57 THE BEDLINGTON TERRIER & LURCHER
THE BEDLINGTON TERRIER AND LURCHER
The breed title of Bedlington Terrier does scant justice to such a capable all-round hunting dog; if anything the Bedlington is a pedigree lurcher, whose blood is much valued by lurcher men. As a breed, the ancestry of the Bedlington is, relative to most breeds, well-documented and free from myths. From the celebrated hunt terriers, Peacham and Pincher of Edward Donkin of Rothbury to the nailors' terriers in the Northumbrian village of Bedlington itself, from Joseph Ainsley's dog and Christopher Dixon's bitch and their offspring, the prototype Piper and Coate's Phoebe, came the foundation of the breed. Mention is sometimes made of the use of blood from small Otterhounds, Bull Terriers and an infusion of Whippet too, in the development of the breed. But little reference is made to the origin of the distinctive topknot, the highly-individual linty coat and the range of self-colours in the breed.
There was a dog with a topknot and a tight linty-twisty coat in light liver on the Berwick coast and up into the Cheviot Hills at the time the early types of Rothbury Forest Dog were emerging. It was known locally as the Tweed Water Spaniel, but Tweed Water Dog would have been more accurate. Water Spaniels have the marcelled coat texture, as the American Water Spaniel illustrates. Water Dogs have the 'poodle-coat' as the Italian, the Spanish and the Portuguese Water Dogs demonstrate. Water dogs have long been favoured by the gypsy community, with gypsy families like the Jeffersons, the Andersons and the Faas, living in the Rothbury Forest at the start of the 19th century. They were famous for their terriers, long-dogs and water dogs. I believe that the distinctive coat of the Bedlington comes from a water dog origin.
In the 19th century, a show held by the old British Kennel Association featured a water-rescue competition, which was won, not surprisingly, by a Newfoundland. But a Bedlington won the third prize and was equal second in the speed trial. In a letter to The Field in 1869, a correspondent stated that 'the Bedlington Terrier is fast, and whether on land or water is equally at home'. In his valuable book 'Sporting Terriers' Pierce O'Conor wrote that 'Bedlingtons are invariably fine water dogs and have wonderful noses. They are the ideal water-side hunters...' From Squire Trevelyan's Old Flint, a dog whelped in 1782, we have inherited over the last two centuries a unique breed of sporting dog, with earthdog instincts and a race-track capability. It is hardly surprising to find lurchermen valuing their blood. They can look like lambs but perform like lions.
Bedlingtons from working lines can look very different from their show ring counterparts, where over-coiffeuring can spoil the appearance of what is essentially a sporting breed. Breed devotees like Ken Bounden have striven to minimize this, whilst working line advocates like George Newcombe, Harry Marsden, Les White, Stuart Staley and Margaret Williamson long warned against too much beautification. My main worry however is not the coat but the curve! The breed's back has a natural arch over the loin, but it is vital that this is over the loin and not further forward, affecting the power of the dog's movement. This breed must gallop with the whole body and never feature a short back. The arch over the loin is balanced by the tuck-up on the underside, giving a distinct sighthound look to the breed.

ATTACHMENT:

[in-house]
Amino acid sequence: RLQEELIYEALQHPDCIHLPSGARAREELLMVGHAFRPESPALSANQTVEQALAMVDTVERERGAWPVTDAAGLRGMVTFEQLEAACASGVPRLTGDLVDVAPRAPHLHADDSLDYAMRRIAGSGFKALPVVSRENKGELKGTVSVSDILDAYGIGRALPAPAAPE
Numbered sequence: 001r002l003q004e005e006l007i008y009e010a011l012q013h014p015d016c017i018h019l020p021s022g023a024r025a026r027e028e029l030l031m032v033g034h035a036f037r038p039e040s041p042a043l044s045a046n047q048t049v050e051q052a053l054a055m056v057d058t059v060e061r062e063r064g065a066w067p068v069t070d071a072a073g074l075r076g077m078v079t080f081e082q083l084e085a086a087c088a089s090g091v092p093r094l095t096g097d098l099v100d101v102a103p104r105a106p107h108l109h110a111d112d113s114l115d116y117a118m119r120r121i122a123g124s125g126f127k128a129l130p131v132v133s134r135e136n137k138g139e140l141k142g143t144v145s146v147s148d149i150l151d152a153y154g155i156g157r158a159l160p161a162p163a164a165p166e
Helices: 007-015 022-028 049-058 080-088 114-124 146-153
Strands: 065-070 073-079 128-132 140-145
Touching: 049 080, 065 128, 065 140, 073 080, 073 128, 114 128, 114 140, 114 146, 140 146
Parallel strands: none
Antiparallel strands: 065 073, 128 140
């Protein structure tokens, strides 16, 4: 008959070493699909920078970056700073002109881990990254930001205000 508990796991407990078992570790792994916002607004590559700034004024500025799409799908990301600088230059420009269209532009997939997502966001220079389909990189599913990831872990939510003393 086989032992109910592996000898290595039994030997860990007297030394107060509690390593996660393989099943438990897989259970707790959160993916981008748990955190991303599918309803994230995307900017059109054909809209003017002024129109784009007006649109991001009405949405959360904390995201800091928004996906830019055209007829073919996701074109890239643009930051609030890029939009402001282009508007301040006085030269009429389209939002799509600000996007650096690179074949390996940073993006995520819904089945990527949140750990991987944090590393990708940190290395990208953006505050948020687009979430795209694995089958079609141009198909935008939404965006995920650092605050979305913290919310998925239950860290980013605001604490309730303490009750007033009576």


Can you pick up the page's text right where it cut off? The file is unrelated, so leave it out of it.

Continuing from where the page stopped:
The coat colour is officially blue, liver or sandy, with or without tan, but I see blacks at country shows and whites at foreign shows. All five of these gene pool colours are classic water dog colours. It is of interest that a misalliance between a Sealyham bitch and a Bedlington has produced four pups, rather like the old Rothbury type Bedlingtons. Two were blue and tan and the other two blue; not one was mainly white, like the Sealyham. The early blues in the breed were described as blue-black. Blue is the dominant colour, liver is recessive. We seem to have lost the rich tan once in the breed, perhaps when so many blue and tans were exported in the 1930s out of prejudice against them here. The 'Gutch Common' coat of Margaret Williamson's kennel was once famous in the breed for its harshness and waterproof qualities.
They can also bring a weatherproof coat and the feisty terrier temperament, although Brian Plummer has written: '...the Bedlington Terrier is a far cry from the tigerish terriers described by Rawdon Lee or the do-or-die terriers bred by Ainsley.' Ted Walsh once wrote: 'An owner of working Bedlingtons has to use tact at all times and avoid situations where jealousy can lead to fighting.'
In a letter to the sporting press some thirty years ago, Brian Plummer also wrote: 'Three generations of 'Pools of Glenridding', Anthony, John and Eddie, always resorted to mating their fell terriers to game Bedlingtons to incease the courage and determination of their dogs...Dobson of the Eskdale and Ennerdale Foxhounds used chocolate-coloured Bedlington terriers to mate his strain of fell terriers.' But some lurcher breeders favour Bedlington blood because it blends well with Whippet blood, the latter taking some of the feistiness away perhaps, the resultant lurcher is a silent worker, not giving tongue when in pursuit of quarry. The gypsies who lived near my boyhood home usually mated lurcher to lurcher, but brought in Bedlington blood about every fifth generation to 'get the poaching dog'!